The two-headed Packers backfield consists of Aaron Jones and Jamaal Williams. After Williams began taking a larger share of the workload Week 3, he was injured on a malicious helmet-to-helmet hit by Eagles’ Derek Barnett. Aaron Jones expects to be the guy in the near future, but this group has rather underperformed early in the season.

The Bears wide receiver group is rather weak, and that’s to be expected when your seventh overall pick flames out of the league in only four years. Trubisky and Chase Daniel expect to throw the back kto sure-handed veteran Allen Robinson and speedster Taylor Gabriel. On a top receiving corps, those guys would have a bigger name in front of them. In fact, on a great group like Rams neither Robinson nor Gabriel would get much playing time at all. Cordarelle Patterson is also a target, but plays a hybrid role.

The Bears have one of the league’s most interesting and diverse backfields, led by rookie David Montgomery, who has looked good-not-great thus far in 2019. Tarik Cohen is the curveball, and is one of the top checkdown and gadget play targets in the league. When you add the component of Cordarelle Patterson, who still runs like a gazelle, this backfield is dynamic with three completely different options.

Since the Bears receiving options are so limited, it’s hard to give them this one. Trubisky, for all of the blame put on him, needs more options outside of the Tarik Cohen checkdown. The Packers offense will be scary if Devante Adams gets rolling and the backfield situation smoothes itself out. Tally to the Pack.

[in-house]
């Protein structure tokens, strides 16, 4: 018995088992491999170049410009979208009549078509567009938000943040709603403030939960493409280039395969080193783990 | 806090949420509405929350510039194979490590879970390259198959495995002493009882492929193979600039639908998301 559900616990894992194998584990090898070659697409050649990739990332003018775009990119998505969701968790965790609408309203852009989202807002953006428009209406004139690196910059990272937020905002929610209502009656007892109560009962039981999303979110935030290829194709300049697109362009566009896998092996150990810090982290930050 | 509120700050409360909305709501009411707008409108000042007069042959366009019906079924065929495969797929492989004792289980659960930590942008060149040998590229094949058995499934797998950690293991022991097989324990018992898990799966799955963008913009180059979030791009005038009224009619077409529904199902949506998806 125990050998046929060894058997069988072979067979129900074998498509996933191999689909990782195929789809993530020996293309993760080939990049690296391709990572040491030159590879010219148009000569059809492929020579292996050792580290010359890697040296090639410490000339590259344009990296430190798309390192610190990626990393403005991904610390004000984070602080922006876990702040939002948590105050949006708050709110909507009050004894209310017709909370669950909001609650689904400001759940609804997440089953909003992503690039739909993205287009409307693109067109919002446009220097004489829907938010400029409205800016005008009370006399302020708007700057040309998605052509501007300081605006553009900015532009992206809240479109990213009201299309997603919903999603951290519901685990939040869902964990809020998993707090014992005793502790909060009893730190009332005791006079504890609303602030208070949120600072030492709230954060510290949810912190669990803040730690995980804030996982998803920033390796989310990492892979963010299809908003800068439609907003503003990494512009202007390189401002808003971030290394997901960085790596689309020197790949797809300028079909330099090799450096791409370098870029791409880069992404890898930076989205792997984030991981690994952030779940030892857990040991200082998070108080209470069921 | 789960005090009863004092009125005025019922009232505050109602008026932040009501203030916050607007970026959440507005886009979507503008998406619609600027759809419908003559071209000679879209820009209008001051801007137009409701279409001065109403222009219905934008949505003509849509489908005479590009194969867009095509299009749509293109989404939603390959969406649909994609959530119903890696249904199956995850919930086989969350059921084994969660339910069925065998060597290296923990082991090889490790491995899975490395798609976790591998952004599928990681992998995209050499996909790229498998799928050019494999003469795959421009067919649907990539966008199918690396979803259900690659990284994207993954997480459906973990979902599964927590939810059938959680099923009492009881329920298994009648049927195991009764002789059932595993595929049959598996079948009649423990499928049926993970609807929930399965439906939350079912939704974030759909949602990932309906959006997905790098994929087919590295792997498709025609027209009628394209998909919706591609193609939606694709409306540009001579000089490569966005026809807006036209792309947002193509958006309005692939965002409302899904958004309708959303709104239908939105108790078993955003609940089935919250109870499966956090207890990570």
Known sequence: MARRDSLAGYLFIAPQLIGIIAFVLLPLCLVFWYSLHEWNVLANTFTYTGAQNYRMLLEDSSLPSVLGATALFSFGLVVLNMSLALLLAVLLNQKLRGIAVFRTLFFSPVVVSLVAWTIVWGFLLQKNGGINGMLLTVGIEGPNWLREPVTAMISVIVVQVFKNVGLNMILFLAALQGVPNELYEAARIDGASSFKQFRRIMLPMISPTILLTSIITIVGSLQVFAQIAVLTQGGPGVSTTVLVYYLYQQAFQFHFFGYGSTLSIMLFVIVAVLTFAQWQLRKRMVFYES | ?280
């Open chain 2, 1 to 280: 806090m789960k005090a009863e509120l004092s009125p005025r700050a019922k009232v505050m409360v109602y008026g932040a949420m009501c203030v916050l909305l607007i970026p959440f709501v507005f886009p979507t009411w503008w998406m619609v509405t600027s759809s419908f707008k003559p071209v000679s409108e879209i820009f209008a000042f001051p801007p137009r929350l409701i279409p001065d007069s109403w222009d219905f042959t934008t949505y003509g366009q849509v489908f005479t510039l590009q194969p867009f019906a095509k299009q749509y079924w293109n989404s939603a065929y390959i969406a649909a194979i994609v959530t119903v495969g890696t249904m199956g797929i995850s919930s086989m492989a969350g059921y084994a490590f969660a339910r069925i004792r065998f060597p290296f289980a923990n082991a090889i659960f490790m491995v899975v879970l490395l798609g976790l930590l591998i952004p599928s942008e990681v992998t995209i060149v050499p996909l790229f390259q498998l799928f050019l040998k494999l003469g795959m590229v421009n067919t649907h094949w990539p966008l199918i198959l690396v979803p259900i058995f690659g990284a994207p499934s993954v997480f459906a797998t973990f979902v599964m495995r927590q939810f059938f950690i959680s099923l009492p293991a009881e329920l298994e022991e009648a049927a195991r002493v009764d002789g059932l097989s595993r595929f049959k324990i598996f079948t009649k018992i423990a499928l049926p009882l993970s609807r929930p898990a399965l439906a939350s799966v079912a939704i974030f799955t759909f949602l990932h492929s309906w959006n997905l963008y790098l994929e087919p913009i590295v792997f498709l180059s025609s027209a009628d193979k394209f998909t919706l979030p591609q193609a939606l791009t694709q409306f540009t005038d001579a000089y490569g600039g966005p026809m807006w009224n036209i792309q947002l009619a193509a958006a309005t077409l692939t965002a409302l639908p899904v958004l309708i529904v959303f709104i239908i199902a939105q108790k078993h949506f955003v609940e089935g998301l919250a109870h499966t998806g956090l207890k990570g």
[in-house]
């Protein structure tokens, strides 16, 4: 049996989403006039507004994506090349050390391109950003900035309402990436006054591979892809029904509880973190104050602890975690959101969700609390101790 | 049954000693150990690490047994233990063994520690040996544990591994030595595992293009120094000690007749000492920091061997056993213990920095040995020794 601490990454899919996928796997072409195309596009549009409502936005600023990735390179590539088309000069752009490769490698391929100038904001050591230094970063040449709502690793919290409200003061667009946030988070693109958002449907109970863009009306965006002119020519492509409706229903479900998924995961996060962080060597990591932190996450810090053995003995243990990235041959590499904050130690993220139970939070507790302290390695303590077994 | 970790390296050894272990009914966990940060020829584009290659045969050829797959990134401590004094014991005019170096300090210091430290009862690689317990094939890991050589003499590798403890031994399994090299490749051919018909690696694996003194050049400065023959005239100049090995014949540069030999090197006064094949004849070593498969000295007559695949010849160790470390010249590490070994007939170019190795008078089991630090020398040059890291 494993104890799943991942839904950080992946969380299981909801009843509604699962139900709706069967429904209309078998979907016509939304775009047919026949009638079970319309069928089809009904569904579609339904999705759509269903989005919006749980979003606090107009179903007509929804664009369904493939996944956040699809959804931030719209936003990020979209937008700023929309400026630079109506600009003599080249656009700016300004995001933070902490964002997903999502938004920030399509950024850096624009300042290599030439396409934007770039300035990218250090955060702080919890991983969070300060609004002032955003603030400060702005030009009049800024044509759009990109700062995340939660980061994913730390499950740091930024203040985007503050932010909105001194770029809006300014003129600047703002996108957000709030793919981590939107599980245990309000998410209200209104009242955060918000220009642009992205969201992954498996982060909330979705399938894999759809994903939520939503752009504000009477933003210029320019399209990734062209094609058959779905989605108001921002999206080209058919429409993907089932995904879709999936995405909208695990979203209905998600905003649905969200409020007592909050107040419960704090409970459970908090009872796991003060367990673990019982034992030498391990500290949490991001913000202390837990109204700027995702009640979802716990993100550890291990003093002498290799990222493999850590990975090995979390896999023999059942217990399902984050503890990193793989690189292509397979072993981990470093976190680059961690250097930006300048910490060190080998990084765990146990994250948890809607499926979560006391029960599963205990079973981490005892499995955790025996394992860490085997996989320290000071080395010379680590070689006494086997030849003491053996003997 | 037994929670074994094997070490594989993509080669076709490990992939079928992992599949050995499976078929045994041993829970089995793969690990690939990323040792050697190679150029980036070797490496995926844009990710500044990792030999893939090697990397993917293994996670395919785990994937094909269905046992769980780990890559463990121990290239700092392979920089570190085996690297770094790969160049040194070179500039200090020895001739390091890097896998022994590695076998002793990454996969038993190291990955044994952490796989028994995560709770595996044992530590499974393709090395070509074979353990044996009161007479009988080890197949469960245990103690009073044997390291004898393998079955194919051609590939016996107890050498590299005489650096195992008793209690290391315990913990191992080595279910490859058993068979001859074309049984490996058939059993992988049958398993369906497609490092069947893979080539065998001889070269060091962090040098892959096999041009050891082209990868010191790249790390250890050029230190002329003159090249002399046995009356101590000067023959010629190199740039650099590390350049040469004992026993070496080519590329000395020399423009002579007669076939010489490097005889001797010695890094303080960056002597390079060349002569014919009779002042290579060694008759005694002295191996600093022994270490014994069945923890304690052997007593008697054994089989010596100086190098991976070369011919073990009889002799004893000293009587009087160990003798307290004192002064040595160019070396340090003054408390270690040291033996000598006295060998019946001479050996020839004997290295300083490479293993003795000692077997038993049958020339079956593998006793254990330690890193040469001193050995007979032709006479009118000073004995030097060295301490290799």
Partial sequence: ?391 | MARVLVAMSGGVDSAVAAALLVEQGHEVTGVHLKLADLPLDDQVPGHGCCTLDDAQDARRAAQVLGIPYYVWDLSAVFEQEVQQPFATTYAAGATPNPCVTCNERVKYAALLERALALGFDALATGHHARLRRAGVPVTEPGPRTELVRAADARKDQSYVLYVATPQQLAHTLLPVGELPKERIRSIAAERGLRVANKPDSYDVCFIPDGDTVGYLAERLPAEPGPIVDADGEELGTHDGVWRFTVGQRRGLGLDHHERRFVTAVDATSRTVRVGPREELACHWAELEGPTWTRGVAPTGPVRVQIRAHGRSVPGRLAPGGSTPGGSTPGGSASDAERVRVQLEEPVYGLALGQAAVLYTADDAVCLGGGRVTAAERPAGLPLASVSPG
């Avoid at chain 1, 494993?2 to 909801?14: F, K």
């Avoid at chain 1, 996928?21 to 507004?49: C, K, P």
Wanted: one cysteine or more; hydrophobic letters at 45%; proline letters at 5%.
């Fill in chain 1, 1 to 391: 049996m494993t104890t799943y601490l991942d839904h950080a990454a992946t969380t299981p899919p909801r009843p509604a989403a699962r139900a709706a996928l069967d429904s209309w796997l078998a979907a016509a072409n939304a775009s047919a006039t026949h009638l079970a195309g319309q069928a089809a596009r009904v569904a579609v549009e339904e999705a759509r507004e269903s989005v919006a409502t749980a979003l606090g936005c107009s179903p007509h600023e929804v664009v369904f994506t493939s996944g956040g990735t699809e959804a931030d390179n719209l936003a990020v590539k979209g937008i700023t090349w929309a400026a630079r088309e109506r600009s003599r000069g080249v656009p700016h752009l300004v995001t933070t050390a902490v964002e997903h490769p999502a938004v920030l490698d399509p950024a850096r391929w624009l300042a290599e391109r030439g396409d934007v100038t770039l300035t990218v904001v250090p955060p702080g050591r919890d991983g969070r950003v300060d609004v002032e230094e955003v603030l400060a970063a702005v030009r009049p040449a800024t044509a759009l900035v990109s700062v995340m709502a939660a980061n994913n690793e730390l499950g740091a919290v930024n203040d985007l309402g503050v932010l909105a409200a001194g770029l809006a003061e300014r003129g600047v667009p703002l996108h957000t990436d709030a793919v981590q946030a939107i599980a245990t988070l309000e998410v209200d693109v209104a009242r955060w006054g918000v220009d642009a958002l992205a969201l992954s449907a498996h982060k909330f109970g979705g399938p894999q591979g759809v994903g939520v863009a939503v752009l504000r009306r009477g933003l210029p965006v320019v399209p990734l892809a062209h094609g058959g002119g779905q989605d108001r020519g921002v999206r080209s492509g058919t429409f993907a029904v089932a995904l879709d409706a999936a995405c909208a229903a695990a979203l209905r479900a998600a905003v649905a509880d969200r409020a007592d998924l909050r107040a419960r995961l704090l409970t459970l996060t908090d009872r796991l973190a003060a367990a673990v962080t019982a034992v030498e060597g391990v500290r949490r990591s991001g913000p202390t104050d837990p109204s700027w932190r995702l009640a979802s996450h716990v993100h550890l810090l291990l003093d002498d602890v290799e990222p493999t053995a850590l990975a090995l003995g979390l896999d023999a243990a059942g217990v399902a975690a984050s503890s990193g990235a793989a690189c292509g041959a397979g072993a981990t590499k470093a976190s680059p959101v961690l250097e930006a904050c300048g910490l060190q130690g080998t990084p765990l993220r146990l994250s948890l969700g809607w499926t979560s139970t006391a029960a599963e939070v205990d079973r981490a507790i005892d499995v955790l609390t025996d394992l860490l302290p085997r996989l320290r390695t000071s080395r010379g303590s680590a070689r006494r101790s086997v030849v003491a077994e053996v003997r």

Front Seven

For the Pack, free agent signings Za’Darius and Preston Smith, both SEC products with no other relation, have applied lots of pressure thus far, combining for 7.5 sacks over 4 games. They’re supported by 2019 first rounder Rashan Gary, who has not made much of an impact after being drafted out of the University of Michigan. Dean Lowry and Kenny Clark are solid gap pluggers, and have allowed the Smiths to thrive in this system. Both Lowry and Clark can expect to match or exceed their highest sack seasons if healthy. Blake Martinez is a wall in the middle of the defense, and is near the league lead in tackles.

On the Chicago side, Khalil Mack is their super star, and a wise one at that. In the locker room after a dominant game against Kirk Cousins and the Vikings, Mack dropped the line “a dog that poop fast don’t poop for long.” Mack would know, as he’s reached opposing quarterbacks 4.5 times this season, already forcing four fumbles on aggressive strip sacks. But the Bears front seven reads better on paper than any other team in the league. The Bears showed their depth in Week 4 after Akiem Hicks and Roquan Smith were ruled out, as Nick Kwiatkoski and Nick Williams combined for three sacks and shut down then-rushing leader Dalvin Cook. The Bears front seven also rolls out former Seminole star Eddie Goldman, game-as-cool-as-his-glasses Danny Trevathian, and Leonard Floyd — who takes the opposite edge to Mack. The main concern here is Roquan Smith, who is out with a personal issue with little additional information.